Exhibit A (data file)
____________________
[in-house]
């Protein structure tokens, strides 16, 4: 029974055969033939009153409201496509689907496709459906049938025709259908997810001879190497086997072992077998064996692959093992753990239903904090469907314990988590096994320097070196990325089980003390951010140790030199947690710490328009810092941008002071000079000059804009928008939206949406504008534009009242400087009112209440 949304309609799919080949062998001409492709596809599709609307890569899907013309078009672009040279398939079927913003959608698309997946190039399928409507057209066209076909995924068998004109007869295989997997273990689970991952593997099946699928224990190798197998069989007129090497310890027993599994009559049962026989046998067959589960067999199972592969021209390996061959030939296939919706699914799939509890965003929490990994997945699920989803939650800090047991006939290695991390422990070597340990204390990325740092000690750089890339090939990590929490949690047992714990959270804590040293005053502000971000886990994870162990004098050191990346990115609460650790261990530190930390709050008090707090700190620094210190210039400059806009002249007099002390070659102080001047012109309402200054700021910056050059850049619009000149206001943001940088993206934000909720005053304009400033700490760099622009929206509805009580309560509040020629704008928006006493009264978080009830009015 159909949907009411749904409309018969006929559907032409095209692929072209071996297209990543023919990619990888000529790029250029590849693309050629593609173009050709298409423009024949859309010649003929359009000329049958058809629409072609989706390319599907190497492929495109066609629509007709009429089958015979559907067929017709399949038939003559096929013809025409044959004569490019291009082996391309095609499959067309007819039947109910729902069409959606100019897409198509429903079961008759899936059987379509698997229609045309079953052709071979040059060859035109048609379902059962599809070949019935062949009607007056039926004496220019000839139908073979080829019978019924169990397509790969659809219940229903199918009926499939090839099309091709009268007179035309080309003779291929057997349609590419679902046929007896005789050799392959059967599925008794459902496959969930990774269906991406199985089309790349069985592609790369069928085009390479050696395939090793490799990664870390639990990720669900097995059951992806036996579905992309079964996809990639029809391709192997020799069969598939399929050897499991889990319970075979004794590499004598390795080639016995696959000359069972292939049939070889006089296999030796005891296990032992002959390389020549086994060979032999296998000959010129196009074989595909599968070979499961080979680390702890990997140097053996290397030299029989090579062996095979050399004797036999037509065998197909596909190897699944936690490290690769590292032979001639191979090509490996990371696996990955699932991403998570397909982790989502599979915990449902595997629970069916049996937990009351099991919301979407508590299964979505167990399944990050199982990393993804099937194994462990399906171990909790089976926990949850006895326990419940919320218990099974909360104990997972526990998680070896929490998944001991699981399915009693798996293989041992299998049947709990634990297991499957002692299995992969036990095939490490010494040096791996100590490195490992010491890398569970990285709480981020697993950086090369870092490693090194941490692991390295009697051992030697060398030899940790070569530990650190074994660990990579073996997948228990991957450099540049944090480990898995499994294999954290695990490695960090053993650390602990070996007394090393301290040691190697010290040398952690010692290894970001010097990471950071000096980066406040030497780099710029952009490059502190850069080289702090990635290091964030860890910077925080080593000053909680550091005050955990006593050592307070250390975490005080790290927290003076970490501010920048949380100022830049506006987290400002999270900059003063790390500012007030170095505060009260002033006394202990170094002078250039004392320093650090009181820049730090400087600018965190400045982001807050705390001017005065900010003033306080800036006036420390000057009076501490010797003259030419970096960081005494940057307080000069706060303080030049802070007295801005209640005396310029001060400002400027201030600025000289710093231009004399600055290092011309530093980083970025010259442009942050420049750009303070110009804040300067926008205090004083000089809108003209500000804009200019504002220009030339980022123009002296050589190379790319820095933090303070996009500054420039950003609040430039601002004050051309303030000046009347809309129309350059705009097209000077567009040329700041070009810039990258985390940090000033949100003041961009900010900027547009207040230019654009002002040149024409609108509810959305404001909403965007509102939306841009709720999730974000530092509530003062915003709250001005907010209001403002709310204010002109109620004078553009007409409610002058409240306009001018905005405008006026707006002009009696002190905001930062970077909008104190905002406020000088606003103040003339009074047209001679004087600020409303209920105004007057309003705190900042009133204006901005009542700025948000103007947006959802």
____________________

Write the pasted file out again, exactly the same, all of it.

[in-house]
């Protein structure tokens, strides 16, 4: 029974055969033939009153409201496509689907496709459906049938025709259908997810001879190497086997072992077998064996692959093992753990239903904090469907314990988590096994320097070196990325089980003390951010140790030199947690710490328009810092941008002071000079000059804009928008939206949406504008534009009242400087009112209440 949304309609799919080949062998001409492709596809599709609307890569899907013309078009672009040279398939079927913003959608698309997946190039399928409507057209066209076909995924068998004109007869295989997997273990689970991952593997099946699928224990190798197998069989007129090497310890027993599994009559049962026989046998067959589960067999199972592969021209390996061959030939296939919706699914799939509890965003929490990994997945699920989803939650800090047991006939290695991390422990070597340990204390990325740092000690750089890339090939990590929490949690047992714990959270804590040293005053502000971000886990994870162990004098050191990346990115609460650790261990530190930390709050008090707090700190620094210190210039400059806009002249007099002390070659102080001047012109309402200054700021910056050059850049619009000149206001943001940088993206934000909720005053304009400033700490760099622009929206509805009580309560509040020629704008928006006493009264978080009830009015 159909949907009411749904409309018969006929559907032409095209692929072209071996297209990543023919990619990888000529790029250029590849693309050629593609173009050709298409423009024949859309010649003929359009000329049958058809629409072609989706390319599907190497492929495109066609629509007709009429089958015979559907067929017709399949038939003559096929013809025409044959004569490019291009082996391309095609499959067309007819039947109910729902069409959606100019897409198509429903079961008759899936059987379509698997229609045309079953052709071979040059060859035109048609379902059962599809070949019935062949009607007056039926004496220019000839139908073979080829019978019924169990397509790969659809219940229903199918009926499939090839099309091709009268007179035309080309003779291929057997349609590419679902046929007896005789050799392959059967599925008794459902496959969930990774269906991406199985089309790349069985592609790369069928085009390479050696395939090793490799990664870390639990990720669900097995059951992806036996579905992309079964996809990639029809391709192997020799069969598939399929050897499991889990319970075979004794590499004598390795080639016995696959000359069972292939049939070889006089296999030796005891296990032992002959390389020549086994060979032999296998000959010129196009074989595909599968070979499961080979680390702890990997140097053996290397030299029989090579062996095979050399004797036999037509065998197909596909190897699944936690490290690769590292032979001639191979090509490996990371696996990955699932991403998570397909982790989502599979915990449902595997629970069916049996937990009351099991919301979407508590299964979505167990399944990050199982990393993804099937194994462990399906171990909790089976926990949850006895326990419940919320218990099974909360104990997972526990998680070896929490998944001991699981399915009693798996293989041992299998049947709990634990297991499957002692299995992969036990095939490490010494040096791996100590490195490992010491890398569970990285709480981020697993950086090369870092490693090194941490692991390295009697051992030697060398030899940790070569530990650190074994660990990579073996997948228990991957450099540049944090480990898995499994294999954290695990490695960090053993650390602990070996007394090393301290040691190697010290040398952690010692290894970001010097990471950071000096980066406040030497780099710029952009490059502190850069080289702090990635290091964030860890910077925080080593000053909680550091005050955990006593050592307070250390975490005080790290927290003076970490501010920048949380100022830049506006987290400002999270900059003063790390500012007030170095505060009260002033006394202990170094002078250039004392320093650090009181820049730090400087600018965190400045982001807050705390001017005065900010003033306080800036006036420390000057009076501490010797003259030419970096960081005494940057307080000069706060303080030049802070007295801005209640005396310029001060400002400027201030600025000289710093231009004399600055290092011309530093980083970025010259442009942050420049750009303070110009804040300067926008205090004083000089809108003209500000804009200019504002220009030339980022123009002296050589190379790319820095933090303070996009500054420039950003609040430039601002004050051309303030000046009347809309129309350059705009097209000077567009040329700041070009810039990258985390940090000033949100003041961009900010900027547009207040230019654009002002040149024409609108509810959305404001909403965007509102939306841009709720999730974000530092509530003062915003709250001005907010209001403002709310204010002109109620004078553009007409409610002058409240306009001018905005405008006026707006002009009696002190905001930062970077909008104190905002406020000088606003103040003339009074047209001679004087600020409303209920105004007057309003705190900042009133204006901005009542700025948000103007947006959802």